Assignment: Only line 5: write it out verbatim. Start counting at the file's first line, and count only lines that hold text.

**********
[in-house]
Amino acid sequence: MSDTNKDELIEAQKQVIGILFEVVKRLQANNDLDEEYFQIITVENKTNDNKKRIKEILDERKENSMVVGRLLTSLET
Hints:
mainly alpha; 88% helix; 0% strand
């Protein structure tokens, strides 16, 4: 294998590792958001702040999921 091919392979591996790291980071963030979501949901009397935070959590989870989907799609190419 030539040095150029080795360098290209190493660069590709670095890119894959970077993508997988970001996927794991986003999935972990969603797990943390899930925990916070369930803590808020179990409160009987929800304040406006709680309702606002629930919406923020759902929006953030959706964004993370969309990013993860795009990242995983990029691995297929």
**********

């Protein structure tokens, strides 16, 4: 294998590792958001702040999921 091919392979591996790291980071963030979501949901009397935070959590989870989907799609190419 030539040095150029080795360098290209190493660069590709670095890119894959970077993508997988970001996927794991986003999935972990969603797990943390899930925990916070369930803590808020179990409160009987929800304040406006709680309702606002629930919406923020759902929006953030959706964004993370969309990013993860795009990242995983990029691995297929």